Nuclear Weapons and Nuclearism: Abolish or Be Abolished

TRANSCEND MEMBERS, 1 Feb 2016

Jan Oberg - Transnational Foundation for Peace & Future Research

janobergThe nuclear age is an age of terror

Nuclear weapons are the ultimate weapons of terror. You can’t use them without killing millions of innocent people. Targetting innocent people, people who are not part of a conflict, is a central defining characteristics of terrorism.

That’s why the world’s governments decades ago decided to work for general and complete disarmament – i.e. for nuclear abolition – in the spirit too of Alfred Nobel.

As a matter of fact, the first UN General Assembly resolution of January 24, 1946 established a Security Council tasked with achieving ‘the elimination from national armaments of atomic weapons and all other weapons adaptable to mass destruction.’ 

70 years ago!!

Today that Security Council consists of five arrogant nuclear powers in possession of more than 95% of the world’s nuclear weapons – and standing behind 75% of the world’s arms trade.

Today, however, people without a sense of history, addicted to militarist power and ignorant about ethics believe we can  safely continue with nuclear arms races, doctrines for their use – and everything will go fine.

They even believe that those of us who uphold the ideals of nuclear abolition are naive: it is un-realistic to rid the world of these doomsday weapons, isn’t it?

Well, that’s like the man who has thrown himself out from the 48th floor and when passing the 8th convinces himself that “this is going fine.”

Private terrorism and state terrorism

The terrorist ideology most people associate with al-Qaeda and ISIS – small-scale and private – is found at a mega-level in state terrorism – the planned or accidental killing by nukes of millions upon millions of innocent civilians.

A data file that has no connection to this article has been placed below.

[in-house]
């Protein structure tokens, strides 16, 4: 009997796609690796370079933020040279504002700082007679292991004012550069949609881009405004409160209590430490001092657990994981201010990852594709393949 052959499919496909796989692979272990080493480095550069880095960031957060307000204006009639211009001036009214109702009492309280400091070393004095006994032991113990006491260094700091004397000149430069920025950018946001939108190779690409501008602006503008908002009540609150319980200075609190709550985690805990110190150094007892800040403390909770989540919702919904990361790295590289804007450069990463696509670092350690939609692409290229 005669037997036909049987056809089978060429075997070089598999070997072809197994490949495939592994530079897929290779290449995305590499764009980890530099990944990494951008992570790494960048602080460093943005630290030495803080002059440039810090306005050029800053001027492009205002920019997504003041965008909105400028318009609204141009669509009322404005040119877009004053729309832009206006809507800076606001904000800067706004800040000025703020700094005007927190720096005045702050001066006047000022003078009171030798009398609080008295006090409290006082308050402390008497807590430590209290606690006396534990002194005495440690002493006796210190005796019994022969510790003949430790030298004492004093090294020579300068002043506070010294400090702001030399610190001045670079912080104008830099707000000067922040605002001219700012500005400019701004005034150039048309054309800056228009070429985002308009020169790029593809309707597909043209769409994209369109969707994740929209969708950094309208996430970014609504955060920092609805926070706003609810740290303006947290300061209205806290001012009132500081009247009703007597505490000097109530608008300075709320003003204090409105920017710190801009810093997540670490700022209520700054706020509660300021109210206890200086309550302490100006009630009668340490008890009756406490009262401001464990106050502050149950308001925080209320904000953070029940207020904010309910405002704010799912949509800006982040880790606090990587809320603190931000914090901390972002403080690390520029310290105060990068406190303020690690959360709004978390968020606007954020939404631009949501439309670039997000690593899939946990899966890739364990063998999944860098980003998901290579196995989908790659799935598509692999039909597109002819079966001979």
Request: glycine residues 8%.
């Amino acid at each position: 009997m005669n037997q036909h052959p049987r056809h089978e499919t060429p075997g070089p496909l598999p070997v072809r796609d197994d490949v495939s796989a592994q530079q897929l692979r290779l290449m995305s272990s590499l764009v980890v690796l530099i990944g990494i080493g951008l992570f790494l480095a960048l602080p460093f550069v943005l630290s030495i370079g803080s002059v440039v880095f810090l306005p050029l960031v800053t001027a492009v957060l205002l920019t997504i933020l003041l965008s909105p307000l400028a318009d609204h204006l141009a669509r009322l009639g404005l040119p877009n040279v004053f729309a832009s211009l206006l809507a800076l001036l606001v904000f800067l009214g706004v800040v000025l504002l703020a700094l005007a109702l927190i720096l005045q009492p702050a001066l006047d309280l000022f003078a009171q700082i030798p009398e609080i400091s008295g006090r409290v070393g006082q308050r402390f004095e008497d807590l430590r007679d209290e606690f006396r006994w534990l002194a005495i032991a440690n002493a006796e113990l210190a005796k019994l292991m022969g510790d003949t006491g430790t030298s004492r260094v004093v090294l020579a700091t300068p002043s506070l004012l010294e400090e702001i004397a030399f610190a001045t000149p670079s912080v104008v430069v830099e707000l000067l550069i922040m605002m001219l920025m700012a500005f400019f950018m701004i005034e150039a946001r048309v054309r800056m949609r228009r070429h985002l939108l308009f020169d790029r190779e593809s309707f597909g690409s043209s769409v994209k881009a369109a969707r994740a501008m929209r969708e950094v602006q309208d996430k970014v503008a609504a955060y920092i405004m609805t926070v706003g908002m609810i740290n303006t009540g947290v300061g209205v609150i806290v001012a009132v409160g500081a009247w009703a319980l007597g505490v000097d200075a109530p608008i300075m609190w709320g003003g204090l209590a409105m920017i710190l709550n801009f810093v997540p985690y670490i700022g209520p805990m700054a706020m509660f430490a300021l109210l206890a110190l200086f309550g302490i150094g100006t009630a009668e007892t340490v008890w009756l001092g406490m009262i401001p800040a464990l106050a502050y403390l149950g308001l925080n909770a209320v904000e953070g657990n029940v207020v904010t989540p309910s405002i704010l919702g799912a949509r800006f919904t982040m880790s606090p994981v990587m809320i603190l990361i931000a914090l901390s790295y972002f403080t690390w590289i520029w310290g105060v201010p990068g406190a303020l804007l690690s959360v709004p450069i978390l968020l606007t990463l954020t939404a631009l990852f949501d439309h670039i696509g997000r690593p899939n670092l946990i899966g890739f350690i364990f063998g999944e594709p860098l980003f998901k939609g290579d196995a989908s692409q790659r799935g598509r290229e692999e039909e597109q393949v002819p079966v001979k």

Whoever produces, possesses, stockpiles, does research on, has nuclear doctrines, plans the use of or actually uses nukes believes fundamentally in the philosophy of terrorism.

Whether NATO countries or North Korea.

Governments operating on that philosophy – also embedded in the term “balance of terror” – don’t want you to think of them in such terms.

They want us to believe that nuclear weapons preserve peace by deterring war.

However, this is nonsense. A deterrent is no deterrent if the adversaries know that the other will never, under any circumstance, push the button.

Fortunately, 107 countries are committed to ban nuclear weapons today.

Why they are so dangerous

1) Every nuclear weapon is there to be used if…the logic is false and human beings do not react rationally in stress situations.

2) There are constant incidents, accidents, risks, human and technical failures that endanger humanity’s survival.

Why do we so easily accept to live with the nuclear terror threat when we are obsessed about fighting a ‘war on terror’ only against the small-scale terrorists?

It’s time to take the fight to the next level – the fight against nuclear state terror. Before it too becomes a nuclear private terror.

Selected resources

Being committed to the UN Charter norm of making peace by peaceful means TFF is always here to provide public education on these issues.

Today we bring you some high-quality links to facts about nuclear weapons and about the dangers of the Nuclear Age – many of which you may not have thought of.

Please help share them, particularly to younger people who generally have very little knowledge about these matters.

More dangerous now than during the Cold War